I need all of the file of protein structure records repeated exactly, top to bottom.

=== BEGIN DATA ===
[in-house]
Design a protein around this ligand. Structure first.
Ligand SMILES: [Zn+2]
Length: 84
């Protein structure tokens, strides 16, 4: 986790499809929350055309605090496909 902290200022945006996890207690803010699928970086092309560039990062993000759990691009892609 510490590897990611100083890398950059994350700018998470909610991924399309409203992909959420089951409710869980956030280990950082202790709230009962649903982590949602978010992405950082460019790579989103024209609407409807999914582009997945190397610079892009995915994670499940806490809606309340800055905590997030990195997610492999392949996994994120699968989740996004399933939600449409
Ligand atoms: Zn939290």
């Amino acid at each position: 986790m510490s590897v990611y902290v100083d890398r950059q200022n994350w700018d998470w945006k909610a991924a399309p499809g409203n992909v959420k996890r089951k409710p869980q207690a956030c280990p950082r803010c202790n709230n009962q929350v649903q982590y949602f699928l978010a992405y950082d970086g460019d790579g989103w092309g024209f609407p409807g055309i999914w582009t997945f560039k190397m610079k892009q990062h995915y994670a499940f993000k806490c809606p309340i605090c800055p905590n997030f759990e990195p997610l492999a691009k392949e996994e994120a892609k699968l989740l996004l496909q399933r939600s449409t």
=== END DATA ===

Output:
[in-house]
Design a protein around this ligand. Structure first.
Ligand SMILES: [Zn+2]
Length: 84
């Protein structure tokens, strides 16, 4: 986790499809929350055309605090496909 902290200022945006996890207690803010699928970086092309560039990062993000759990691009892609 510490590897990611100083890398950059994350700018998470909610991924399309409203992909959420089951409710869980956030280990950082202790709230009962649903982590949602978010992405950082460019790579989103024209609407409807999914582009997945190397610079892009995915994670499940806490809606309340800055905590997030990195997610492999392949996994994120699968989740996004399933939600449409
Ligand atoms: Zn939290």
């Amino acid at each position: 986790m510490s590897v990611y902290v100083d890398r950059q200022n994350w700018d998470w945006k909610a991924a399309p499809g409203n992909v959420k996890r089951k409710p869980q207690a956030c280990p950082r803010c202790n709230n009962q929350v649903q982590y949602f699928l978010a992405y950082d970086g460019d790579g989103w092309g024209f609407p409807g055309i999914w582009t997945f560039k190397m610079k892009q990062h995915y994670a499940f993000k806490c809606p309340i605090c800055p905590n997030f759990e990195p997610l492999a691009k392949e996994e994120a892609k699968l989740l996004l496909q399933r939600s449409t």